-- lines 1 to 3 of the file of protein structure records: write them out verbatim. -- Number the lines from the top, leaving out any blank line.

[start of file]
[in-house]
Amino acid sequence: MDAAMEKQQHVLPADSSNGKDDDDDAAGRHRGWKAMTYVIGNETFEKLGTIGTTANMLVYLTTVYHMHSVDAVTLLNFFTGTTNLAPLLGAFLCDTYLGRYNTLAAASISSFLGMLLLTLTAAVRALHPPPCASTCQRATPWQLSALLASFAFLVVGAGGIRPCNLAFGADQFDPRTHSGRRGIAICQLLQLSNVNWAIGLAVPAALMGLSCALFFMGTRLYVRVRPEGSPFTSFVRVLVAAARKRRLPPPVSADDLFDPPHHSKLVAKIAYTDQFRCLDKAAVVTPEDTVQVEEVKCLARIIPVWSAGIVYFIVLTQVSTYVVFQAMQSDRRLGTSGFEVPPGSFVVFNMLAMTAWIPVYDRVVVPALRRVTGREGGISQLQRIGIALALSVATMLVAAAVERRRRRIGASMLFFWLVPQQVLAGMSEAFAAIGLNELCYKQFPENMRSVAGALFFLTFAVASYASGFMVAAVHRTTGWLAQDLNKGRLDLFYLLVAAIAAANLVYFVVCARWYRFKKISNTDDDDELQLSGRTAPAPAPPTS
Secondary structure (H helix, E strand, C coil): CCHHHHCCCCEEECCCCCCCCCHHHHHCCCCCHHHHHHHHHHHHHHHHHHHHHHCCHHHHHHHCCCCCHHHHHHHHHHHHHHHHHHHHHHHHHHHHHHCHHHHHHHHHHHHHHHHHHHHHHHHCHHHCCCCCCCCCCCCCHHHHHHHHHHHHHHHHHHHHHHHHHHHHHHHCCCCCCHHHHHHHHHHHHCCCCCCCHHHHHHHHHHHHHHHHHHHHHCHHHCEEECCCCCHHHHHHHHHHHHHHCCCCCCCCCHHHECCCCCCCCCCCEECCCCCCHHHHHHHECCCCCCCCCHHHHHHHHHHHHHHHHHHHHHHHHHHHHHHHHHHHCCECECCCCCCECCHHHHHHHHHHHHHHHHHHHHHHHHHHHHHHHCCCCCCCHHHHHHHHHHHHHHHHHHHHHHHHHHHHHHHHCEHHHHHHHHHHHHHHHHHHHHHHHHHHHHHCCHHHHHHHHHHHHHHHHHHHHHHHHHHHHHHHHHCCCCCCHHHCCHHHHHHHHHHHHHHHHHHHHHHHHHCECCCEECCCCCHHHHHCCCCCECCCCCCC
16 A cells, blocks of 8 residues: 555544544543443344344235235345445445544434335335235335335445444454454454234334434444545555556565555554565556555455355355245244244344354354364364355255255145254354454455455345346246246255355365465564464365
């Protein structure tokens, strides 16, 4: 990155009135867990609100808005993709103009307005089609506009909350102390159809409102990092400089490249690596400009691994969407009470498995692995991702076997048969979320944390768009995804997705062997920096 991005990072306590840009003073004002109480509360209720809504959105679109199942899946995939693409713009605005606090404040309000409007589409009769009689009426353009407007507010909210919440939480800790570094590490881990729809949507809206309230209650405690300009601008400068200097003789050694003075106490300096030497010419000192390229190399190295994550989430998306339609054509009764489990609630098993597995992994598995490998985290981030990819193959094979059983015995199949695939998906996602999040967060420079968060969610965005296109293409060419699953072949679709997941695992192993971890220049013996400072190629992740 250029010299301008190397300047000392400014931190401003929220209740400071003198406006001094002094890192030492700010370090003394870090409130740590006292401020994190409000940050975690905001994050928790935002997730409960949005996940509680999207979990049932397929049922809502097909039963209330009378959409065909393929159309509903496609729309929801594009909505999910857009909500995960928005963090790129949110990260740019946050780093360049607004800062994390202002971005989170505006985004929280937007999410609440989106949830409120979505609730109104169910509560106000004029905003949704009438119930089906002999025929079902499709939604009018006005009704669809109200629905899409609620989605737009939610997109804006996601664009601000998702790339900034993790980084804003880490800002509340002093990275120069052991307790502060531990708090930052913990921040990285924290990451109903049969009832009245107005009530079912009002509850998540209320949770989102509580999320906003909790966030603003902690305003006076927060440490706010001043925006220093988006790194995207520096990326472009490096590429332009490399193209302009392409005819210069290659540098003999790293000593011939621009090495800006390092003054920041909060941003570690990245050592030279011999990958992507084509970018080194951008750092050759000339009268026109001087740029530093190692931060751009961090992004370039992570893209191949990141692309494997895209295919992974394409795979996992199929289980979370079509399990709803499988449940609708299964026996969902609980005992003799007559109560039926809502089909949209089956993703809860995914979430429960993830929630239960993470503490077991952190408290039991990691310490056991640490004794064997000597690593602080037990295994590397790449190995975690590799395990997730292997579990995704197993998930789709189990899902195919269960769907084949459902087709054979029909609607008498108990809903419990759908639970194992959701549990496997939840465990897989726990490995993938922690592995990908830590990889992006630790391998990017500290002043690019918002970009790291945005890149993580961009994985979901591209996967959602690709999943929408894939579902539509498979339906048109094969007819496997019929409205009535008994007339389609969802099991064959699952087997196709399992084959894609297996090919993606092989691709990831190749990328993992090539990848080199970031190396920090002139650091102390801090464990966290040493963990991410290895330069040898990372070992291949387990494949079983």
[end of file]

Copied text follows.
[in-house]
Amino acid sequence: MDAAMEKQQHVLPADSSNGKDDDDDAAGRHRGWKAMTYVIGNETFEKLGTIGTTANMLVYLTTVYHMHSVDAVTLLNFFTGTTNLAPLLGAFLCDTYLGRYNTLAAASISSFLGMLLLTLTAAVRALHPPPCASTCQRATPWQLSALLASFAFLVVGAGGIRPCNLAFGADQFDPRTHSGRRGIAICQLLQLSNVNWAIGLAVPAALMGLSCALFFMGTRLYVRVRPEGSPFTSFVRVLVAAARKRRLPPPVSADDLFDPPHHSKLVAKIAYTDQFRCLDKAAVVTPEDTVQVEEVKCLARIIPVWSAGIVYFIVLTQVSTYVVFQAMQSDRRLGTSGFEVPPGSFVVFNMLAMTAWIPVYDRVVVPALRRVTGREGGISQLQRIGIALALSVATMLVAAAVERRRRRIGASMLFFWLVPQQVLAGMSEAFAAIGLNELCYKQFPENMRSVAGALFFLTFAVASYASGFMVAAVHRTTGWLAQDLNKGRLDLFYLLVAAIAAANLVYFVVCARWYRFKKISNTDDDDELQLSGRTAPAPAPPTS
Secondary structure (H helix, E strand, C coil): CCHHHHCCCCEEECCCCCCCCCHHHHHCCCCCHHHHHHHHHHHHHHHHHHHHHHCCHHHHHHHCCCCCHHHHHHHHHHHHHHHHHHHHHHHHHHHHHHCHHHHHHHHHHHHHHHHHHHHHHHHCHHHCCCCCCCCCCCCCHHHHHHHHHHHHHHHHHHHHHHHHHHHHHHHCCCCCCHHHHHHHHHHHHCCCCCCCHHHHHHHHHHHHHHHHHHHHHCHHHCEEECCCCCHHHHHHHHHHHHHHCCCCCCCCCHHHECCCCCCCCCCCEECCCCCCHHHHHHHECCCCCCCCCHHHHHHHHHHHHHHHHHHHHHHHHHHHHHHHHHHHCCECECCCCCCECCHHHHHHHHHHHHHHHHHHHHHHHHHHHHHHHCCCCCCCHHHHHHHHHHHHHHHHHHHHHHHHHHHHHHHHCEHHHHHHHHHHHHHHHHHHHHHHHHHHHHHCCHHHHHHHHHHHHHHHHHHHHHHHHHHHHHHHHHCCCCCCHHHCCHHHHHHHHHHHHHHHHHHHHHHHHHCECCCEECCCCCHHHHHCCCCCECCCCCCC